An increase in natural gas production and use has been lauded by the industry as the perfect opportunity to reduce greenhouse gas emissions. But although the boom in shale energy production has helped to keep energy prices down for U.S. consumers and has resulted in an overall drop in consumption of certain types of fuels, including coal, oil and nuclear power, it will not contribute to an overall reduction of greenhouse gas emissions, according to a recent report published in the journal Environmental Science and Technology.

Moreover, the report estimated that the accessibility of U.S. shale-based fuels has led to a rise in total energy consumption. Researchers pointed out that natural gas does have the potential to reduce greenhouse gas emissions but this could only happen if radical policy changes were implemented. At present, increased natural gas production is slightly increasing energy consumption and encouraging fuel-switching, leading to the combined effect of changing the nation's greenhouse emission levels, researchers explained.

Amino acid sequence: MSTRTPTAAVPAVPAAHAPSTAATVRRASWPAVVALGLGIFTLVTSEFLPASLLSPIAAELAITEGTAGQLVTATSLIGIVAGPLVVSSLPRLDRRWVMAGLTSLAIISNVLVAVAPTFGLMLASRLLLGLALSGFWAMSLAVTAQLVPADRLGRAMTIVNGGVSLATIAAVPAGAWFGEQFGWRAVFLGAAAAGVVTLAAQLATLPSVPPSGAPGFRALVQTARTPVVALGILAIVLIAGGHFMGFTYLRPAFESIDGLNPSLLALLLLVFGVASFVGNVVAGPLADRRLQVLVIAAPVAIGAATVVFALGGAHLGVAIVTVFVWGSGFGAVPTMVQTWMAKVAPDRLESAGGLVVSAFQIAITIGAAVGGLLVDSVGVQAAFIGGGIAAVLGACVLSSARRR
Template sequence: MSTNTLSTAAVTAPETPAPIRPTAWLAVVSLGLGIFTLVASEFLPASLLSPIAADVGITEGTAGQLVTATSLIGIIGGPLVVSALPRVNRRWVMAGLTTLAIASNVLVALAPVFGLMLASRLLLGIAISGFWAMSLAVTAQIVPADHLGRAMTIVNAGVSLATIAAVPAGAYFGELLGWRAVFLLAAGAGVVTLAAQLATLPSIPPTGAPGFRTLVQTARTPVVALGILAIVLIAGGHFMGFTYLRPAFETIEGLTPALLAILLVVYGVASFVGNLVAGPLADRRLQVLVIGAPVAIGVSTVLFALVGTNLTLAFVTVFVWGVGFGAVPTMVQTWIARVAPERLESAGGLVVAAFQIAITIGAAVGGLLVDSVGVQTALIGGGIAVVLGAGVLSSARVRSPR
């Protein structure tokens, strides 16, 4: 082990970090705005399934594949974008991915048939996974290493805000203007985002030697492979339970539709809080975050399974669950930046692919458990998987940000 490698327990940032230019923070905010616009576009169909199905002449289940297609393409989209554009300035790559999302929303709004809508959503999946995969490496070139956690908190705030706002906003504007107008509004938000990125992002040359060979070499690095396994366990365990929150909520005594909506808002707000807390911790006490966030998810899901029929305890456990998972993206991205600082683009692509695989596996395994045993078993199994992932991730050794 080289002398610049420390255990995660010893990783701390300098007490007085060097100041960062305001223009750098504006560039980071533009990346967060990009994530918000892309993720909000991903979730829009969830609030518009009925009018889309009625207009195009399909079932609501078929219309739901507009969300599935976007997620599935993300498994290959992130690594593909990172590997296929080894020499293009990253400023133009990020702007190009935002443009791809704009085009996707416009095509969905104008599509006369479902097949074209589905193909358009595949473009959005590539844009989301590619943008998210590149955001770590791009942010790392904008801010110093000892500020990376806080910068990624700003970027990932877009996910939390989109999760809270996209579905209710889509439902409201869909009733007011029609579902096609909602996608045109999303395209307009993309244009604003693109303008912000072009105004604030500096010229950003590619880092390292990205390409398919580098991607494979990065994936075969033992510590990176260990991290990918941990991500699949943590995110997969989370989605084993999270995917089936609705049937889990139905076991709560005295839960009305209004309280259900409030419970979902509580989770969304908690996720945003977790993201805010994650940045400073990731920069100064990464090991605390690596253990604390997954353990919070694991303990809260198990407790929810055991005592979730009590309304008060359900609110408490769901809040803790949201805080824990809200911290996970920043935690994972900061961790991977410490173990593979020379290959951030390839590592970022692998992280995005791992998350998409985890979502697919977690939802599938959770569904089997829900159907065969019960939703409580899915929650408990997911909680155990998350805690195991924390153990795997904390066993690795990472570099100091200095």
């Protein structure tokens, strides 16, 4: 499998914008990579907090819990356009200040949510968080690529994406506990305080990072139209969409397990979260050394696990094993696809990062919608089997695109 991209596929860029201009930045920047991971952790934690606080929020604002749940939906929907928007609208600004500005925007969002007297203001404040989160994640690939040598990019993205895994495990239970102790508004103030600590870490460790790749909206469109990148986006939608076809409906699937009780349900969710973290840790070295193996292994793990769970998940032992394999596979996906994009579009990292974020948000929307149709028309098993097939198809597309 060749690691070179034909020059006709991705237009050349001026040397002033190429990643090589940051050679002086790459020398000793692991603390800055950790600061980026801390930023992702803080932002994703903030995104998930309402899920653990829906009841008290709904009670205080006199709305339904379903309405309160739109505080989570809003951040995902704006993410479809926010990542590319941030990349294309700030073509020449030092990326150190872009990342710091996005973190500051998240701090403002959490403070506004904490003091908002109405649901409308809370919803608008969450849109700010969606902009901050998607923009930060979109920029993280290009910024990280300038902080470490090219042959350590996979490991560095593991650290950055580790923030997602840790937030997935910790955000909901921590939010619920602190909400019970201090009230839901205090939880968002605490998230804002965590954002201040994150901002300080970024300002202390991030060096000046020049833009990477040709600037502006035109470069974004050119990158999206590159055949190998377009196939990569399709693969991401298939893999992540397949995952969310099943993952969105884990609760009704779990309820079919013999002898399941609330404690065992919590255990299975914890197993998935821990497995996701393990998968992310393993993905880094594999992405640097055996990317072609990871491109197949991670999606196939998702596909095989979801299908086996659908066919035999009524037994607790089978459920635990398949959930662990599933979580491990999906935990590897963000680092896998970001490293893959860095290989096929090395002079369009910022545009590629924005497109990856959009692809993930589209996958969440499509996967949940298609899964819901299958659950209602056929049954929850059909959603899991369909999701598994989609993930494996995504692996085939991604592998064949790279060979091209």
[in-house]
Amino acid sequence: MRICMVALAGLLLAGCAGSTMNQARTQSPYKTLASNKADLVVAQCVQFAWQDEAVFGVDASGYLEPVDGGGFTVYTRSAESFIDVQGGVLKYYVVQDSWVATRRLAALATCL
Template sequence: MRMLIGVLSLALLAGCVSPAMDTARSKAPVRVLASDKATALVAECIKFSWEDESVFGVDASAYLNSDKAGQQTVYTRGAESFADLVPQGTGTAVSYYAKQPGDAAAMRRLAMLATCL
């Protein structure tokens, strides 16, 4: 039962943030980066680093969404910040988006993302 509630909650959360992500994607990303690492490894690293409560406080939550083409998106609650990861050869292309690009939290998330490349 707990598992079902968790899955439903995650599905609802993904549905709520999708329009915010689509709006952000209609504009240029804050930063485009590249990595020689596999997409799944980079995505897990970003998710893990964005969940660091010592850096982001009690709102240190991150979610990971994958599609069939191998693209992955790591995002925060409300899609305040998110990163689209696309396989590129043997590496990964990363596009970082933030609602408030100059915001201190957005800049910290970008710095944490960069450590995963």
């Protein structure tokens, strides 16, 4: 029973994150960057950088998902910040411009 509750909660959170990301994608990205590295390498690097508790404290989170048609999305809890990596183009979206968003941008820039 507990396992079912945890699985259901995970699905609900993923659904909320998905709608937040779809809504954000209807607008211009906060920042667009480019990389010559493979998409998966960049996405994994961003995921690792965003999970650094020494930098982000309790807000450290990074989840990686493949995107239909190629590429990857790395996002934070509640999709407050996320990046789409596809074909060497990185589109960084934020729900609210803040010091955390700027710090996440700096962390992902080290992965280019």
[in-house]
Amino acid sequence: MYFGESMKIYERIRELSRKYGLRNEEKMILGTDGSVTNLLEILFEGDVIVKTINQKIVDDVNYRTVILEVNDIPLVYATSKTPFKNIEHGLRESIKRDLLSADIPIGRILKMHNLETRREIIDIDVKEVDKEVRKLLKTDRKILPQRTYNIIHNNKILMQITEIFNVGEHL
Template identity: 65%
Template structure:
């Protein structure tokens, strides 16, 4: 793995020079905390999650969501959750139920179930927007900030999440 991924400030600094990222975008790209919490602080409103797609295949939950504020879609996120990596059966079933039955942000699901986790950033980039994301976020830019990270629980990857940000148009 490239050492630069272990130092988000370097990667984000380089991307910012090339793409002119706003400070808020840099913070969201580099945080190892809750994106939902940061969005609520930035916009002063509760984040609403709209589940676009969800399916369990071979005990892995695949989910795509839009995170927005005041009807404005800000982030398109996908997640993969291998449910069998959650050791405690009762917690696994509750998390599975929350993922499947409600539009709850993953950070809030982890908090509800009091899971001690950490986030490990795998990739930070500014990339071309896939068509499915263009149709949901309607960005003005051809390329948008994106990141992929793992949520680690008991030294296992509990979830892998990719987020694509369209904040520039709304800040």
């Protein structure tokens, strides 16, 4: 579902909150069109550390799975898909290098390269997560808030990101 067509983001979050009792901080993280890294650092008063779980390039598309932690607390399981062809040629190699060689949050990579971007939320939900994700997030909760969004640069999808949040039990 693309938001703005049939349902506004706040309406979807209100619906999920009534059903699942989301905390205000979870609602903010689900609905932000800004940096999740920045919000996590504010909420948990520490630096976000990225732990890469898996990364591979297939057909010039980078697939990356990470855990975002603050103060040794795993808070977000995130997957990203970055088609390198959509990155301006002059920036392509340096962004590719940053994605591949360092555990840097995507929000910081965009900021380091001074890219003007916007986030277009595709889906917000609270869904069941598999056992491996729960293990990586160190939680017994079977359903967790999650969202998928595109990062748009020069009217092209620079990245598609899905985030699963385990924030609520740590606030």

Higher energy consumption, potential methane leaks from natural gas wells and the continuous refocus of investments from renewables to shale development are some of the issues standing in the way of a reduction in greenhouse gas emissions. The combined impact of these influential factors could offset the benefits brought by reduced use of oil and coal and could have a powerful effect on the U.S. emission reduction strategy, the study suggested.